How to support yourself and others who are indirectly affected by conflictPosted: 13 Apr 2022
Accentuated by the ongoing global panic, the events that have unfolded in Ukraine over the last several weeks are shocking and upsetting, and experts agree feeling overwhelmed is a perfectly natural response.
For those directly affected by the current unrest in Eastern Europe, a number of crisis helplines are available to call free-of-charge, and we’ve gathered further resources on dealing with grief and PTSD awareness. For those sharing the distress of a nation from afar, the following information is designed to help you support yourself, your family and others indirectly affected by conflict.
We also spoke to the Samaritans (a registered charity aimed at providing emotional support to anyone in emotional distress, struggling to cope, or at risk of suicide throughout Great Britain and Ireland, often through their telephone helpline) about their tips on how to support ourselves and each other through this turbulent time.
It’s worth saying first that as the people of Ukraine deal with war on their doorstep, it’s natural to experience feelings of guilt when you choose to switch off from the news. You may ask yourself, ‘how can we possibly take a step back when people in parts of Eastern Europe are fighting for their lives?’, but it’s important to accept that focusing on your own day-to-day life does not mean you’ve stopped caring about the lives and strife of others. Social media in 2022 is all-consuming, which means it’s especially important to govern screen time in times of crisis.
“Take a look at what push notifications you allow for each app,” UK and Ireland charity Samaritans tells us. “Turning off alerts to news and social media apps might help you to make a more conscious choice about when to open apps and give you more control over when you read news.”
Samaritans says that curating your social media feeds can help you have more control over what you actually read and see, therefore following trusted news sources is important – as is blocking or muting unhelpful and potentially untrustworthy accounts. On Twitter, for example, you can take this process one step further by choosing to filter or mute certain words, terms and hashtags in order to prevent certain content from appearing on your feed.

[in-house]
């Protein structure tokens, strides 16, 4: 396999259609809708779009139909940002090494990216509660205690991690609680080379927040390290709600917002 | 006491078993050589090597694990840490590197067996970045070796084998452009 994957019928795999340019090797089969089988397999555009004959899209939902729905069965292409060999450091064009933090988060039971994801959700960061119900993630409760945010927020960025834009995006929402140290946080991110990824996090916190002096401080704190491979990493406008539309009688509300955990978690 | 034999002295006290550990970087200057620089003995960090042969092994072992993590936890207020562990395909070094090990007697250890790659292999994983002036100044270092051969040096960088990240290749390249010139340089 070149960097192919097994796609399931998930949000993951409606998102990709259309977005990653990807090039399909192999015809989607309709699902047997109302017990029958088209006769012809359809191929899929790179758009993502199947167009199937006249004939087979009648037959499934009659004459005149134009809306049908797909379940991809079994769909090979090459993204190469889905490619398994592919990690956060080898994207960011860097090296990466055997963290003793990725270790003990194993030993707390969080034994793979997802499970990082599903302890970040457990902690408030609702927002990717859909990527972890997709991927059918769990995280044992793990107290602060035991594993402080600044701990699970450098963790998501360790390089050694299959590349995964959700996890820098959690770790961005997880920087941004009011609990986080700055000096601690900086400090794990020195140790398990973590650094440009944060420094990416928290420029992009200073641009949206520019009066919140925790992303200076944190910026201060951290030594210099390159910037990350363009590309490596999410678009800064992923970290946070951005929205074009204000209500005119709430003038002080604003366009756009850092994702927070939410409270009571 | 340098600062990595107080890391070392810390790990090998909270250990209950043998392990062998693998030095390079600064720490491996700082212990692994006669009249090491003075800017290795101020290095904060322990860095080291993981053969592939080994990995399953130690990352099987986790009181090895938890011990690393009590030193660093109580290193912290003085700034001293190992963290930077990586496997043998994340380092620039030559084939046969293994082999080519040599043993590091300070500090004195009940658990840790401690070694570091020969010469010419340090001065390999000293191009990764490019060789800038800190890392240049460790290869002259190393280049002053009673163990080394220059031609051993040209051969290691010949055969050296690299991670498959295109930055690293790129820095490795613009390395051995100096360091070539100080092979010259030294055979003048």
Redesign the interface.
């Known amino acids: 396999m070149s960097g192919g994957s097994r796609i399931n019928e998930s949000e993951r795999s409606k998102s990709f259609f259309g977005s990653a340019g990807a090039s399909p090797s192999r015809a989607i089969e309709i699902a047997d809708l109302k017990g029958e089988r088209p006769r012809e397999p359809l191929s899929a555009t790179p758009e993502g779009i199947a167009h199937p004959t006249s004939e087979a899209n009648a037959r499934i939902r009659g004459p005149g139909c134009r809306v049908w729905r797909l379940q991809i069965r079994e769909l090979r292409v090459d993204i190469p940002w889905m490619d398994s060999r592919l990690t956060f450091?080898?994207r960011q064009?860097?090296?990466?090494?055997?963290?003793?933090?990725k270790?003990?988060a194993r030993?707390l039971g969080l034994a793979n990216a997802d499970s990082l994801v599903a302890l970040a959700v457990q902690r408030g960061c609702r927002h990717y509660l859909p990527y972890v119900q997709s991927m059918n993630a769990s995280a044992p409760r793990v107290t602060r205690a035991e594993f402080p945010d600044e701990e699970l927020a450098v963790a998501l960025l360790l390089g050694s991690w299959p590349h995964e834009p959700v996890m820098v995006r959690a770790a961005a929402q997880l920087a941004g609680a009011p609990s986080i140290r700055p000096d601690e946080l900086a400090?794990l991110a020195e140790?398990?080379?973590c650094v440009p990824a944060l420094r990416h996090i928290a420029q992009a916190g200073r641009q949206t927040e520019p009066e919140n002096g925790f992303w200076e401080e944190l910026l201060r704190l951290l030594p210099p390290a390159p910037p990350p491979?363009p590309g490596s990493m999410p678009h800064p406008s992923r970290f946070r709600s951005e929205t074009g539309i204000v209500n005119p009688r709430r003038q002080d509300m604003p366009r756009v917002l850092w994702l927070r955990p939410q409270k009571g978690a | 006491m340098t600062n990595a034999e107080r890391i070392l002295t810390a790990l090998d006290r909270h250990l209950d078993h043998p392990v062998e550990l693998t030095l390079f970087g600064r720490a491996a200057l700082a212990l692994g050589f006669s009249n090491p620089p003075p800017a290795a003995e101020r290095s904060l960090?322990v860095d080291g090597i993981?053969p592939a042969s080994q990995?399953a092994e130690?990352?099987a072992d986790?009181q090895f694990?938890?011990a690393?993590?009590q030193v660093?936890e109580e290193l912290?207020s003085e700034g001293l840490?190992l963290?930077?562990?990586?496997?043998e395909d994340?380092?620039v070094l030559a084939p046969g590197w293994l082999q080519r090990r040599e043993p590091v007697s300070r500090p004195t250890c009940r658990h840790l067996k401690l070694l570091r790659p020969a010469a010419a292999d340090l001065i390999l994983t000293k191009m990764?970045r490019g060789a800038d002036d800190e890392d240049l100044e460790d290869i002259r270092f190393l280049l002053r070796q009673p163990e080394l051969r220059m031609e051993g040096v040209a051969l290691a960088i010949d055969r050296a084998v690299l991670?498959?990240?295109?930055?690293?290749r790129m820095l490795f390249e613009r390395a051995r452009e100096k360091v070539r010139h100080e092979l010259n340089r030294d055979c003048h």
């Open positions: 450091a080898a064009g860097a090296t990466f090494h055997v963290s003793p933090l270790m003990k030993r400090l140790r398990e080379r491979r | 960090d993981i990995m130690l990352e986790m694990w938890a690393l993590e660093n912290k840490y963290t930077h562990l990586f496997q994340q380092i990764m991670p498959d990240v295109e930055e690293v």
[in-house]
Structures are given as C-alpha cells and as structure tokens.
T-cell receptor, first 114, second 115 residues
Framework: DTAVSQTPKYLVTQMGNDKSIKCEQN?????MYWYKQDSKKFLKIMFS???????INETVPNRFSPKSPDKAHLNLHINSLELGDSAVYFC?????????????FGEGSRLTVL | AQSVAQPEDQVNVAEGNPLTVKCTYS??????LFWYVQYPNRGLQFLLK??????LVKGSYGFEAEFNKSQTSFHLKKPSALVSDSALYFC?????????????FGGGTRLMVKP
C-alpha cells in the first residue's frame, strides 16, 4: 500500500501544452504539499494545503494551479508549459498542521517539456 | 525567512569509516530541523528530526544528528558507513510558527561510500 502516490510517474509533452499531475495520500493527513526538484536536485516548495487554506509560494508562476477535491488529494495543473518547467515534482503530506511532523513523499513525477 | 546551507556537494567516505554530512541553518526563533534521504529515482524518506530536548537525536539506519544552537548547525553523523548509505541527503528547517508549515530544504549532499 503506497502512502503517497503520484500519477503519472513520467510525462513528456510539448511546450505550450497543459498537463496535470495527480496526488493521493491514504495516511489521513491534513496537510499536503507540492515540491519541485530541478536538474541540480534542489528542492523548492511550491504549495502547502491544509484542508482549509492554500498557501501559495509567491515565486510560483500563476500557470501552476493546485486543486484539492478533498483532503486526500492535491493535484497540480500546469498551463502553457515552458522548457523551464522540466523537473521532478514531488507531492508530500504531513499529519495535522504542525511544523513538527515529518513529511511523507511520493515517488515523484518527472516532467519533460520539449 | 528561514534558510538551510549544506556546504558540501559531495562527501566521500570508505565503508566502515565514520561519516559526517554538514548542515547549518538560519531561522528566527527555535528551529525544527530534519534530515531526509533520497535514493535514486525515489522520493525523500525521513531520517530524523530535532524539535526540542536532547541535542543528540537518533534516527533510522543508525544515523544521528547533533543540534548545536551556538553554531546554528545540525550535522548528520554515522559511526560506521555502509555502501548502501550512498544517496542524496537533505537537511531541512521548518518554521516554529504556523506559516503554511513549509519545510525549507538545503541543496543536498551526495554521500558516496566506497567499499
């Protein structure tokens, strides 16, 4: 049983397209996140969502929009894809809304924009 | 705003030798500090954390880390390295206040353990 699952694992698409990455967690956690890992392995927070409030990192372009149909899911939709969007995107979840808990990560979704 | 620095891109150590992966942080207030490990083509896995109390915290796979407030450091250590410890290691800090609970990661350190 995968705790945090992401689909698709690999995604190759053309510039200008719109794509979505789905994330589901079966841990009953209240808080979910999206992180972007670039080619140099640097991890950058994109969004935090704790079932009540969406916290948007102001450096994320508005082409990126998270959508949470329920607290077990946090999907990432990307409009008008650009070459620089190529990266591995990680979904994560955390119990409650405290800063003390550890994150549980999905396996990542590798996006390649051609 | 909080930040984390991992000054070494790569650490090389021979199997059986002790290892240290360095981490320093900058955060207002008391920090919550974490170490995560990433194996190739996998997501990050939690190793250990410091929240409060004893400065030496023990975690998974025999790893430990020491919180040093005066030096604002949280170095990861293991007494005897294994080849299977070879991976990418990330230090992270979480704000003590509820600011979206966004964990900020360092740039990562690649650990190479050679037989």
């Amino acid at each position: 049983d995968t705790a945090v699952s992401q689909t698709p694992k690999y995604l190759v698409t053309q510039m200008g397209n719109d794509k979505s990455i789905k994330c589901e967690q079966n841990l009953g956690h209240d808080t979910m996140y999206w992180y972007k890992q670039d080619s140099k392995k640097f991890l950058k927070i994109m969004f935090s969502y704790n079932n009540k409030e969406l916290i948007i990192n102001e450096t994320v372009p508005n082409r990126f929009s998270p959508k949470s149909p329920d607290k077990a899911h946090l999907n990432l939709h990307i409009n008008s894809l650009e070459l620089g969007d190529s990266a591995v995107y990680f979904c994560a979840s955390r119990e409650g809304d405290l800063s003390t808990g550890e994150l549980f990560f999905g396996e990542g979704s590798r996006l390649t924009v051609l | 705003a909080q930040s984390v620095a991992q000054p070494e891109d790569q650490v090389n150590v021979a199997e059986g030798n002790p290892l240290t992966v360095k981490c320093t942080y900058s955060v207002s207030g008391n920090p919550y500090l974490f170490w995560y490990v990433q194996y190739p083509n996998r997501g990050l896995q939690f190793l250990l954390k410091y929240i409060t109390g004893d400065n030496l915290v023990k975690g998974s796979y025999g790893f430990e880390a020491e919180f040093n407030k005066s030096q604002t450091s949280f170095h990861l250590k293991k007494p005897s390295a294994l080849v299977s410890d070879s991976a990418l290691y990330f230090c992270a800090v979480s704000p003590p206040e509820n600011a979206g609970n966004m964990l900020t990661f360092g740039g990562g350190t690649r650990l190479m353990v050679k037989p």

The idea of conflict is an unfamiliar one for many people living in European countries, which makes feelings of anxiety around what might be around the corner on a global scale perfectly normal. Mental health charity Mind stresses the fact that anxiety is a natural human response, one that’s experienced whenever we feel under any sort of potential threat. To this end, while often uncomfortable, feeling anxious may be how we’re expected to feel in trying circumstances such as what we’re seeing in Ukraine, and doesn’t necessarily mean someone is experiencing issues of mental health by feeling anxious in these instances.
Still, anxiety can be a very difficult thing to process – this information provided by Mind explains what anxiety and panic attacks are; and includes possible causes, and how you can access treatment and support for yourself and others. Should you wish to explore other, more hands-on avenues of support for Ukraine and other areas experiencing conflict – such as attending peaceful protests and donating to charity – this list of information and advice from Global Citizen provides 29 meaningful ways you can contribute and help out from afar.
No matter how you engage with the conflict in Ukraine, or any other conflict for that matter, being mindful of how much you consume can be crucial to your mental health and sense of wellbeing.
Samaritans adds: “Try setting a limit for your screen time, or allow yourself a set time for reading the news. Remember: If you’re struggling, you’re not on your own. Talk to your friends, family or someone you trust about how you’re feeling. Or, if you don’t feel like you have anyone you can turn to, our volunteers are here to listen if you need to talk it through.”
If you require support related to any of the above, or anything else related to the mental health and wellbeing of yourself or others, you can contact Samaritans FREE any time on 116 123. Samaritans can also be reached via email email@example.com with a response time of 24 hours.
For global resources, please visit our Find Help Page where you can find a wealth of helplines, support and information relating to where you are in the world.